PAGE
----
114: How many points Patrick Kane has recorded in his 116 career playoff games. He’s just 26 years old, but is already tied for 64th place on the all-time leaderboard.

7: How many active Blackhawks’ players have been around for all three of Chicago’s recent Stanley Cup championships (Brent Seabrook, Duncan Keith, Niklas Hjalmarsson, Patrick Sharp, Marian Hossa, Patrick Kane, and Jonathan Toews). Justin Williams is the only active non-Blackhawks player with three Stanley Cup championships.

11: The size of the club Joel Quenneville joined by winning his third Stanley Cup as a head coach.

3: The number of Conn Smythe Trophy winners that got a point on Chicago’s Stanley Cup-winning goal (Duncan Keith, 2015; Patrick Kane, 2013; Brad Richards, 2004).

33-0-0: Chicago’s record (regular season and playoffs) when entering the third period with the lead. The Blackhawks were also 33-3-0 when leading after 20 minutes.

4: Where Duncan Keith’s 2015 playoff run ranked when it came to total ice time recorded during a single postseason since 1998. Keith logged 715:37 minutes, which put him behind just Nicklas Lidstrom (2002, 717:01), Chris Pronger (2006, 742:55), and Drew Doughty (2014, 747:33).

1,213: The number of games (regular season and playoffs) Kimmo Timonen participated in during his NHL career. Last night he lifted the Stanley Cup for the first time.

14: The number of Stanley Cup championships Scotty Bowman has won.

With three Stanley Cups in six years, let the ‘dynasty’ debate begin


CHICAGO — It’s hard to believe now, but in 2007, when John McDonough was named president of the Blackhawks, the franchise had devolved into an afterthought in the Windy City.

Monday at the United Center, right before Jonathan Toews hoisted the Stanley Cup for the third time in the last six years, NHL commissioner Gary Bettman proclaimed to the fans, “I’d say you have a dynasty.”

Funny what assembling a core of four future Hall of Famers — Toews, Patrick Kane, Duncan Keith, and Marian Hossa — can do for a franchise’s fortunes.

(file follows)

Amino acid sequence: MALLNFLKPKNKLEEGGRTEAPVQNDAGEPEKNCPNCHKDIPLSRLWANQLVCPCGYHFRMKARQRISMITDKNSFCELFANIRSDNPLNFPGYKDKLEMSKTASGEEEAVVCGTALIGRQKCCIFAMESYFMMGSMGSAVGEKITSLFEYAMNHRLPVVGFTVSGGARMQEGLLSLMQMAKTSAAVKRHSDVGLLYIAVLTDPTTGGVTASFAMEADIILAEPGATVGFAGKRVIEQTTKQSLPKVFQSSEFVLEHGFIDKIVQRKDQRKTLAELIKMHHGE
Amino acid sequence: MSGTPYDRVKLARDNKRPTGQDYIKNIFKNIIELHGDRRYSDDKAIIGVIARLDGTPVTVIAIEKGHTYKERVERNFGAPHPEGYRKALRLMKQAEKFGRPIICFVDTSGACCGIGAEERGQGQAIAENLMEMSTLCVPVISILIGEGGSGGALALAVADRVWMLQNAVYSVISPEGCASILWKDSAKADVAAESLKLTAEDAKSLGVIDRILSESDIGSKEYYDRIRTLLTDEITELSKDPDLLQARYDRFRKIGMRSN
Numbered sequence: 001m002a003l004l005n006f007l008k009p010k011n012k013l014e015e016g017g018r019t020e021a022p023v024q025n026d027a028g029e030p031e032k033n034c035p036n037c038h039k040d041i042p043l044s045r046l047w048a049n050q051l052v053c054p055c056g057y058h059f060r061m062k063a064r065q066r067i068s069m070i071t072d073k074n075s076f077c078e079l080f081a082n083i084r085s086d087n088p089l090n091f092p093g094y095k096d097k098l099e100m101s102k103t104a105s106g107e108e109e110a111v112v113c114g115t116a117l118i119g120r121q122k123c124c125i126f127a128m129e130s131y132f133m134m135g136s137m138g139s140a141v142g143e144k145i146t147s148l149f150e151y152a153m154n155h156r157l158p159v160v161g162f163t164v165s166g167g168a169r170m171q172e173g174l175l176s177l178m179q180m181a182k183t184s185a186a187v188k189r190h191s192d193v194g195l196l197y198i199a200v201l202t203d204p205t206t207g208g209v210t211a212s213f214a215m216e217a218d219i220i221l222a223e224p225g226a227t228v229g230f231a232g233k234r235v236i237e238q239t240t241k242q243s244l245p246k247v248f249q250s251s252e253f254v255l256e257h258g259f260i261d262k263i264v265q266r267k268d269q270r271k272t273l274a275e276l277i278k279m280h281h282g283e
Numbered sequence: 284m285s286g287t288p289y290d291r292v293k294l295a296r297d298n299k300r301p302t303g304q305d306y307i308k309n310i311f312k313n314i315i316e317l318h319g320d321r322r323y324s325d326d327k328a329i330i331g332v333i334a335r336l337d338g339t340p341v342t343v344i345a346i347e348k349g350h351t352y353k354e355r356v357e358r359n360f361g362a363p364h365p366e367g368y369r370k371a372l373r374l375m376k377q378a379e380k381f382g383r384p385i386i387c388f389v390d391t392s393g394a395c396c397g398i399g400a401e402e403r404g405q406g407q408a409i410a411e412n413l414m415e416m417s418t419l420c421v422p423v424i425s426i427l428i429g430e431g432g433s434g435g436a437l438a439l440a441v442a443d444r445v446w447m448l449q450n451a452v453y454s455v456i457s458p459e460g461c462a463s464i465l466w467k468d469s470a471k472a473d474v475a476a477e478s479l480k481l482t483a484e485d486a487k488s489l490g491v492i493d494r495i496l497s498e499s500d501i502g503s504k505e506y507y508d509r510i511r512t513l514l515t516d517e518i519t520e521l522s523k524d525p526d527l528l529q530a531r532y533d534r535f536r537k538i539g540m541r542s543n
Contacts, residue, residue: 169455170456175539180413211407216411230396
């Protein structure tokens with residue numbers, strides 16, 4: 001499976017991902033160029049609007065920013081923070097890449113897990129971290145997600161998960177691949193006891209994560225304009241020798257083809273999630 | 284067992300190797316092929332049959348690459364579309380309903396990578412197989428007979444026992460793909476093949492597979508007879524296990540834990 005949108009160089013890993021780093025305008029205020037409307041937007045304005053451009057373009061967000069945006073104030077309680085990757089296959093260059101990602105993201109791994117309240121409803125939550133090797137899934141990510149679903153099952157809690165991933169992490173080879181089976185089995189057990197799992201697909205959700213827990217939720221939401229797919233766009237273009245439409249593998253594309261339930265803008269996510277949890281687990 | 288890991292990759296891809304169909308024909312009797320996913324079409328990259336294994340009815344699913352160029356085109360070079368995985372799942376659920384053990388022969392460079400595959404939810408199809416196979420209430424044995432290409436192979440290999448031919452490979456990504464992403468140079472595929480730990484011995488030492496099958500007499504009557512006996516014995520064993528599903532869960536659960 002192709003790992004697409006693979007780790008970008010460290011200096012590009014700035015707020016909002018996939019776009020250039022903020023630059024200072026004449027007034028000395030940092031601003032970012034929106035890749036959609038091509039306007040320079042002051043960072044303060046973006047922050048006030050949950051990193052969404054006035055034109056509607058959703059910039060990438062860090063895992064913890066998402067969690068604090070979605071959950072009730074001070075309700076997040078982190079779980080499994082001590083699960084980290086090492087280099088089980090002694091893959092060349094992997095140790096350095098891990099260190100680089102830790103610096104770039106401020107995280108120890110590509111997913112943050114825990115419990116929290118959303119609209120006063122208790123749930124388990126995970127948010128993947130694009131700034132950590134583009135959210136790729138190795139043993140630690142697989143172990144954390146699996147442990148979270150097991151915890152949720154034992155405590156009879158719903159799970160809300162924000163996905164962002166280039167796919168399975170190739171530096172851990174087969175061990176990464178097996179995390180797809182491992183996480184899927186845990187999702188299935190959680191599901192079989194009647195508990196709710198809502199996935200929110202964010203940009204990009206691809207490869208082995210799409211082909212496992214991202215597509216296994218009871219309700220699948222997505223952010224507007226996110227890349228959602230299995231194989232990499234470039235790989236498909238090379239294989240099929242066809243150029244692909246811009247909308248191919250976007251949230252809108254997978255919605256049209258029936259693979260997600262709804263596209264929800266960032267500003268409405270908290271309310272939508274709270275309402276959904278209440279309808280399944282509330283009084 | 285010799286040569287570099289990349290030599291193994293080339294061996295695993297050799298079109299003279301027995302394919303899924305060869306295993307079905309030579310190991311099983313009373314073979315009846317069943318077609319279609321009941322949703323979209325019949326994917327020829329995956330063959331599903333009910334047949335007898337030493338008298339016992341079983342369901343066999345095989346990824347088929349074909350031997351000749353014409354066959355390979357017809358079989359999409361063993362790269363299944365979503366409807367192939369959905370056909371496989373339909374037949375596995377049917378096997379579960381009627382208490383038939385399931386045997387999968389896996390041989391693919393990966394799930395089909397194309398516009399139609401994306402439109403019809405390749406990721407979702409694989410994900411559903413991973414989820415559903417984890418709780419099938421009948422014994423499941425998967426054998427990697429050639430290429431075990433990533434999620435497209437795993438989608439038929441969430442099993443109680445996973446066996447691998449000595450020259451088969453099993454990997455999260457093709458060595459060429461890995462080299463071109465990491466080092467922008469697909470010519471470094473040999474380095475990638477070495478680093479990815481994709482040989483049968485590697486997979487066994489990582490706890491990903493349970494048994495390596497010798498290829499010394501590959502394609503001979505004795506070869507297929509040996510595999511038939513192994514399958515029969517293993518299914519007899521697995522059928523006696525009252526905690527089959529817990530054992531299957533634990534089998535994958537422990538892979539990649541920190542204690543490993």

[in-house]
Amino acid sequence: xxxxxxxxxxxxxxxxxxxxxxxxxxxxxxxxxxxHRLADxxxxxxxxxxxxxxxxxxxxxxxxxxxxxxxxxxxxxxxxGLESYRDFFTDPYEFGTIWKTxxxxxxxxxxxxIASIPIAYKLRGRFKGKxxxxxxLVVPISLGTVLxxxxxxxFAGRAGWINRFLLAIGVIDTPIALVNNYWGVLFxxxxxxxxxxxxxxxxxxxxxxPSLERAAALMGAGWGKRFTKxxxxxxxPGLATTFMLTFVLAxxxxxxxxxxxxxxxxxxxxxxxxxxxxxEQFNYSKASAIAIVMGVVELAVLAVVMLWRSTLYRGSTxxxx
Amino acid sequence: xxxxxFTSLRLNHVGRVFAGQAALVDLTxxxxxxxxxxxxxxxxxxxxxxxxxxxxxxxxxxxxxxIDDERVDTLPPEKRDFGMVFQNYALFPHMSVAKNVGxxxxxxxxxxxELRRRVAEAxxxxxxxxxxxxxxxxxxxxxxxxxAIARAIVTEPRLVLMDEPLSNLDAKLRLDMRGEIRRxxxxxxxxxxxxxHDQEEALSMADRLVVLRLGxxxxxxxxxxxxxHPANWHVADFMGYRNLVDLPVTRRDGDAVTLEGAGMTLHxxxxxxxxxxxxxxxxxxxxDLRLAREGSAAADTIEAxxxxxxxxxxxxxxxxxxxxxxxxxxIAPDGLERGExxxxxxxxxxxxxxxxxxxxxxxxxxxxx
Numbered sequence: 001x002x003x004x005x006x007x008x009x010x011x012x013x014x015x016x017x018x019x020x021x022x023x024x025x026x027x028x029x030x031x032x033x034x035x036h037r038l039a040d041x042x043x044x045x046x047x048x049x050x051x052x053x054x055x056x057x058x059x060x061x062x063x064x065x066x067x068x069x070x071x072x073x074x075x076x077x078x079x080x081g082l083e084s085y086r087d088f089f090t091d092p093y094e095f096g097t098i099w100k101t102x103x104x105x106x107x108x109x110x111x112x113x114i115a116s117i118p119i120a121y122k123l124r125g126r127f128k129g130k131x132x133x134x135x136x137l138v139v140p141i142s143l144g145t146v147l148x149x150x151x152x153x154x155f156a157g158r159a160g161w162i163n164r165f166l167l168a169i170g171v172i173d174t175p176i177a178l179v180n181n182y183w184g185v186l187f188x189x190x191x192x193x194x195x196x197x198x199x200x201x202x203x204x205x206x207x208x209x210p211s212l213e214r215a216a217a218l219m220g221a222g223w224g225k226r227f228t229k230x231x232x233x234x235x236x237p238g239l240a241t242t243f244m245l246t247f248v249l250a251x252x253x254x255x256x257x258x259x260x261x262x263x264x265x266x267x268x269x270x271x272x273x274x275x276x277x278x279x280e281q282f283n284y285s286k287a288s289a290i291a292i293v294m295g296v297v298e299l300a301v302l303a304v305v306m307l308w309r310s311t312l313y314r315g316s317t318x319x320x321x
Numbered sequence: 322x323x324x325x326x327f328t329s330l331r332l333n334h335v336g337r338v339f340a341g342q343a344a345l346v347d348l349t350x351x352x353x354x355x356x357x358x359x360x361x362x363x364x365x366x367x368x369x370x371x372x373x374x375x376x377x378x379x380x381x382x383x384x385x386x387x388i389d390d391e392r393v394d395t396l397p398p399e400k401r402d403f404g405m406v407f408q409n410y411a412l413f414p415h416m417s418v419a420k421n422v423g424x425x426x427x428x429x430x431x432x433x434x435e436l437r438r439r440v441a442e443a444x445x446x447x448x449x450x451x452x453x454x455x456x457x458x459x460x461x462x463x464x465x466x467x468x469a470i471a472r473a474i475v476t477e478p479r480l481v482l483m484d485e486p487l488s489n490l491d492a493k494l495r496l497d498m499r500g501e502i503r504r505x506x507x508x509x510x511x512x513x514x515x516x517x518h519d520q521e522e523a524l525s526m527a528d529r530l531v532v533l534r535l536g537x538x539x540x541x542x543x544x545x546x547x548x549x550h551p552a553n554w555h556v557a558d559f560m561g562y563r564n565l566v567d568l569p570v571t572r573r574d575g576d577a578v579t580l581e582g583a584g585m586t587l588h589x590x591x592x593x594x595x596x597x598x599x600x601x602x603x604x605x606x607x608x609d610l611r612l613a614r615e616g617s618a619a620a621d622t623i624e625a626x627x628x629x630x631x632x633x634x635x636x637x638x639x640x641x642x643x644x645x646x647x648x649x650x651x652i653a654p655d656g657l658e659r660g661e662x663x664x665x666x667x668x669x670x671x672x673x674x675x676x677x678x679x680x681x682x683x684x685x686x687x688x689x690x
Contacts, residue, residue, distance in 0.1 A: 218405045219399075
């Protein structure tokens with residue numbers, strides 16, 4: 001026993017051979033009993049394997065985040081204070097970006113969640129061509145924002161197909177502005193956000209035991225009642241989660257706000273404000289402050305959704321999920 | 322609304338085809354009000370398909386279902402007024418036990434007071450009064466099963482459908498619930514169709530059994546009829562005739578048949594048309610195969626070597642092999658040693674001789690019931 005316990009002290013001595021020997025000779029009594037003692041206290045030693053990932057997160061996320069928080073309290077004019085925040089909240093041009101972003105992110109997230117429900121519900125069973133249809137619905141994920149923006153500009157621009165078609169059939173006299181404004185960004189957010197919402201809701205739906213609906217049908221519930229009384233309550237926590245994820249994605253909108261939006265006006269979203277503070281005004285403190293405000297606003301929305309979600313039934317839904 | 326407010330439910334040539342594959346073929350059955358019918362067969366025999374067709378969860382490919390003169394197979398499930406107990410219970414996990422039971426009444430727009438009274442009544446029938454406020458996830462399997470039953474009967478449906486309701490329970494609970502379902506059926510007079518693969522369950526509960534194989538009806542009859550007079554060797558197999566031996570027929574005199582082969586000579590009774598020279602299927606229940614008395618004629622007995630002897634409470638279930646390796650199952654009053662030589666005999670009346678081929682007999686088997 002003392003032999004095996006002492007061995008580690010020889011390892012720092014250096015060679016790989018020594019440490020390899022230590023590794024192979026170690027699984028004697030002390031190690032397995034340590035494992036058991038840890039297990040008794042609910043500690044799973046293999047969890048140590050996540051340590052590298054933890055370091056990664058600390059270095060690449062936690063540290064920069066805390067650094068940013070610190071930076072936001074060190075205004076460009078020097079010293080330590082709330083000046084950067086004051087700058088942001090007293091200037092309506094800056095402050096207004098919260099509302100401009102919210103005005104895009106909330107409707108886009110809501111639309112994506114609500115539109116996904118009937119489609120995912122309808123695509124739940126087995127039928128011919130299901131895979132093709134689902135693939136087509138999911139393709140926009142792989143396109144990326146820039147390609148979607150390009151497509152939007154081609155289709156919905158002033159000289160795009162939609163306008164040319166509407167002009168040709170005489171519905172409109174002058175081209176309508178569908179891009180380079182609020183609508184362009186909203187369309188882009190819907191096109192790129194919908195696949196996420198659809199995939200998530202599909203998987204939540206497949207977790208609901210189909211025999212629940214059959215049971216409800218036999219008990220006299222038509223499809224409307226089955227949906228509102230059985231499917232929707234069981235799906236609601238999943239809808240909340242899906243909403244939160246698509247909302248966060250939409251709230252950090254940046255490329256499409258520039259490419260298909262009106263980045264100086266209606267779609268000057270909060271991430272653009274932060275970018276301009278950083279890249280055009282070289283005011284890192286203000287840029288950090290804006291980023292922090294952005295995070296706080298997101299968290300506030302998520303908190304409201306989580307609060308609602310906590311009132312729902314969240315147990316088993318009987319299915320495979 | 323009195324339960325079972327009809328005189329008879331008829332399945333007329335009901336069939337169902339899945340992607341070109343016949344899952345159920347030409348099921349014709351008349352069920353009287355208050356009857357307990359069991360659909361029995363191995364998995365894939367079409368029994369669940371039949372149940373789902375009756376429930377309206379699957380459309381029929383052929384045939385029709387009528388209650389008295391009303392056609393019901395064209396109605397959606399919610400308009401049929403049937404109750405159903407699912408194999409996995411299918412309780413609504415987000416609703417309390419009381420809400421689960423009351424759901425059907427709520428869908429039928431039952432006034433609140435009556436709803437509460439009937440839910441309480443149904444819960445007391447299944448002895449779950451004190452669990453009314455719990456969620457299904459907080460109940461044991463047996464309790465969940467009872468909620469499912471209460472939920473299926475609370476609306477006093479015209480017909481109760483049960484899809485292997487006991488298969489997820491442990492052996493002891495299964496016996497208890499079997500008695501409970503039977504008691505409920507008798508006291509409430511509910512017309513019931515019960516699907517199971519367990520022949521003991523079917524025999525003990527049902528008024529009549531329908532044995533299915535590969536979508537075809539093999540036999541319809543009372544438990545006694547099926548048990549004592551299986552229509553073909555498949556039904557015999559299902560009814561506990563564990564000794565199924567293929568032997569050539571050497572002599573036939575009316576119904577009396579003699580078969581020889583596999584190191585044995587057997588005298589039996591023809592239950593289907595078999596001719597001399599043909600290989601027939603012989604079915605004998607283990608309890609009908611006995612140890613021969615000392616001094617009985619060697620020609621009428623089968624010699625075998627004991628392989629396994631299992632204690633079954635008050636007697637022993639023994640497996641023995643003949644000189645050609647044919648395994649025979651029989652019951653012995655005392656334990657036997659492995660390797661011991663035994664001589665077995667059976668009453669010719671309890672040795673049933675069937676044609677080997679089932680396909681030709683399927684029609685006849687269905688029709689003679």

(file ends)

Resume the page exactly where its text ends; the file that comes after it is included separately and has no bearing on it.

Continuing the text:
Add secondary stars like Patrick Sharp, Brent Seabrook, and Niklas Hjalmarsson, get a good coach, a smart general manager, draft well, develop well, throw in a little luck, and the result is the first team worthy of the “dynasty” label in the salary-cap era.

“We’ve had to fight through some things, but it was worth every second of it,” said McDonough, speaking to reporters at center ice while the players and their young families celebrated around him.

source: Getty Images
Getty Images

“To see these guys mature into young adults, into grown men. Most of our guys when I started here were single. Now there’s babies all over the place.”

There will be those who question whether these Blackhawks are truly a dynasty. They haven’t won four straight Cups, like the Montreal Canadiens did from 1975-79, or the New York Islanders from 1980-83. They haven’t won five in seven years like the 1980s Oilers. Twice in the past six years Chicago has been eliminated in the first round.

When asked to weigh in on the dynasty debate, Kane replied, “I don’t know what that means. We’ve got three in six years. I know that’s pretty good.”

Similarly, general manager Stan Bowman deferred to others.

“I don’t think that’s really for me to say,” he said. “That’s really for other people to make those proclamations. All I know is that we’ve got an amazing group here, they’ve accomplished a lot together, and I’m really proud of the effort they’ve given year after year. It doesn’t always go your way, but they’ve accomplished quite a bit and we’re not finished.”

Bowman has another tough summer ahead. The Blackhawks won’t be back in their entirety next season. Some will be forced out due to the salary cap. That’s the “reality” of the situation, as Johnny Oduya put it. That reality is why the likes of Andrew Ladd, Dustin Byfuglien, Brian Campbell, Dave Bolland, Troy Brouwer, and Antti Niemi are playing elsewhere now.

“I think we’re going to enjoy this one for a bit,” said Bowman. “I’ve been thinking of that stuff for a long time. It’s not like it’s going to surprise me. We’ll make it work. We’ve got a plan in place. That’s really for another day. Right now we’re pretty thrilled with this whole scene in here.”

Fair enough.

A decade ago, the Blackhawks were playing games before a half-empty arena, an Original Six franchise ignored.

Monday, they kicked off one of the great sports celebrations in this city’s history.

They deserve to enjoy it.